September natural gas futures managed to gain ground Thursday as a somewhat supportive inventory report brought buyers off the bench, and the resulting price response began to frame a positive technical picture.
The Energy Information Administration reported that natural gas inventories rose 28 Bcf, lower than a Reuters survey that showed an expected average build of 35 Bcf, but greater than industry consultant Bentek Energy, which was looking for a gain of 26 Bcf. At the close September futures rose 10.9 cents to $4.827 and October gained 10.5 cents to $4.848. September crude oil gained $1.37 to $78.36/bbl.
Analysts see market bulls beginning to stir. "The market has been perking up since [July] 15th and there is a little bit of an uptrend going," said a Washington, DC-based broker. "Yesterday and the day before we broke through something of a downtrend line, so maybe the market is beginning to factor in all the hot weather we have been having. Clearly we have been getting some cooling demand.
"We are modestly bullish. Our MACD (moving average convergence divergence) system gave a buy signal on July 16, after the big day up. The limiting factor was the downtrend line and we have managed to get through that. We haven't done it convincingly with a big explosion to the upside even with the [storage] number. That was a good number to drive prices higher. The fact that we didn't drive all that much higher still puts me in only the moderately bullish camp."
Others may not even be moderately bullish. "We were looking for a build of 25 to 27 Bcf, and it came in at 28. Big deal," said John Woods, senior trader at McNamara Options in New York.
The Washington, DC, broker added that the market was a textbook case of equilibrium: "A balance between buyers and sellers."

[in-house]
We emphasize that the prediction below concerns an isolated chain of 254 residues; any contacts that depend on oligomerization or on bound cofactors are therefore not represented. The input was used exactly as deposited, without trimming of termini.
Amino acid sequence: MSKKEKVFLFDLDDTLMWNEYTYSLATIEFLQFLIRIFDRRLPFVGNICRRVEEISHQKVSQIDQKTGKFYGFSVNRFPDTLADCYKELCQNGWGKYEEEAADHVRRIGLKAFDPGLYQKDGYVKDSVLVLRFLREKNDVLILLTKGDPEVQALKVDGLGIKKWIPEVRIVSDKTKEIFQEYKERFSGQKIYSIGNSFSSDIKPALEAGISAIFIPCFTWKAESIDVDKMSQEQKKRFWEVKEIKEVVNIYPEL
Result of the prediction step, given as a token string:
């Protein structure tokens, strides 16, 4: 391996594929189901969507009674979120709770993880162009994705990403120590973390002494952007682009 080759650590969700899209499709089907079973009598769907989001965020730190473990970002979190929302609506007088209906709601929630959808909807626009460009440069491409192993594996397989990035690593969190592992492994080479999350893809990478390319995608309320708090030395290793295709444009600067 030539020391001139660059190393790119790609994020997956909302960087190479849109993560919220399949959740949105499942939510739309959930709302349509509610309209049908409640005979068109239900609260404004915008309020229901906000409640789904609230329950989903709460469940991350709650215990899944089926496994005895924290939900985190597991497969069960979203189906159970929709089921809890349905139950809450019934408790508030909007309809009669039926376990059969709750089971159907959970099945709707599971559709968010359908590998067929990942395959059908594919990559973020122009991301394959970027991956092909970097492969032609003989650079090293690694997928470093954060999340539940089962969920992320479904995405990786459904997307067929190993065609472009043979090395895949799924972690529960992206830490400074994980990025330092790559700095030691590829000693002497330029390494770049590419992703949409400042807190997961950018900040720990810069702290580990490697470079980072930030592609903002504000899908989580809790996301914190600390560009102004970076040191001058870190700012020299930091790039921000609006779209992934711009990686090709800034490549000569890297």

Forecasters see continued heat across a broad ellipsoid extending from Michigan to northeast Texas and Iowa to Tennessee for the next six to 10 days. According to Matt Rogers, president of Commodity Weather Group, "The European operational [weather model] finally joined the model consensus by offering stronger heat into the Midwest for the six- to 10-day [forecast]. This strengthens confidence slightly on at least moderate above-normal [temperature] expectations, but much-above-normal levels are also possible in this pattern."
Longer-term models also show warmer conditions. "The East Coast trended hotter today for the 11-15 day [forecast]. California continues to mostly lean cool, but the models are attempting heat there by late in the 11- to 15-day [forecast]. Strong Texas heat is still on schedule this weekend into early next week. The tropics are still seen getting more active later next week with the best potential for a U.S. threat then in the second week of August," Rogers said in a morning note to clients.
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